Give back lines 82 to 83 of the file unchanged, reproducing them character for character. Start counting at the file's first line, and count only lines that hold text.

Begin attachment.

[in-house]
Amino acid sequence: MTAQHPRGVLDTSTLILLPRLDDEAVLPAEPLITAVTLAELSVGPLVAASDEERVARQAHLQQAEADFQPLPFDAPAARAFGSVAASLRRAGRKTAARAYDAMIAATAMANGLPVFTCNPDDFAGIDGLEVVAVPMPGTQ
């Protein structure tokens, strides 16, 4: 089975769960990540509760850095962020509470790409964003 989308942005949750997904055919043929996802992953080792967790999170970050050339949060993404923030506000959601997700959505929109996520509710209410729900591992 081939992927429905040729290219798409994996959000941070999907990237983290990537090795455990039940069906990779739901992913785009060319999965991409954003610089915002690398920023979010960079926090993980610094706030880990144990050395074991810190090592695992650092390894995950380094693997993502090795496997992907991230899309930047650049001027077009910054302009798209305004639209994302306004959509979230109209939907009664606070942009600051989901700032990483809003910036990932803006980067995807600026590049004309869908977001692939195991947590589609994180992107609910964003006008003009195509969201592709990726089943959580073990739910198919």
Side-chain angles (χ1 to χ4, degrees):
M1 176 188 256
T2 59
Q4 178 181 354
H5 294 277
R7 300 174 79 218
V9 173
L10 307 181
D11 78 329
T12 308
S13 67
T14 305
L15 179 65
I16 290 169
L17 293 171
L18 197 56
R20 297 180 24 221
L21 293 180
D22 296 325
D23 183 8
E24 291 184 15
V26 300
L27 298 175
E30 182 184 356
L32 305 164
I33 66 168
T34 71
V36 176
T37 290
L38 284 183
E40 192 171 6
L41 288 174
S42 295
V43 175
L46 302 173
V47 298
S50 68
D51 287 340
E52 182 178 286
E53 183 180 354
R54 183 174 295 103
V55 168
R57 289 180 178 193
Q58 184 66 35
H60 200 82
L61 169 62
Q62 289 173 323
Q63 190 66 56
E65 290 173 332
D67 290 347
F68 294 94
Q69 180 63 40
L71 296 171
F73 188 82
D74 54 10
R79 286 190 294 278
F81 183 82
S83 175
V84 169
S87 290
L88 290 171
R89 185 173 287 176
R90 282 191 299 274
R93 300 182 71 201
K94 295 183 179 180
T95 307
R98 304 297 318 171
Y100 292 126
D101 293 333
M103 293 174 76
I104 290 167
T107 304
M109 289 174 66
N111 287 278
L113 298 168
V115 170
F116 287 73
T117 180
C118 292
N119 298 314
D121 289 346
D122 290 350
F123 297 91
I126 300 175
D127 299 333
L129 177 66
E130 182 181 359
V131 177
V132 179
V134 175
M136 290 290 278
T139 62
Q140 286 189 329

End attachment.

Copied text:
C118 292
N119 298 314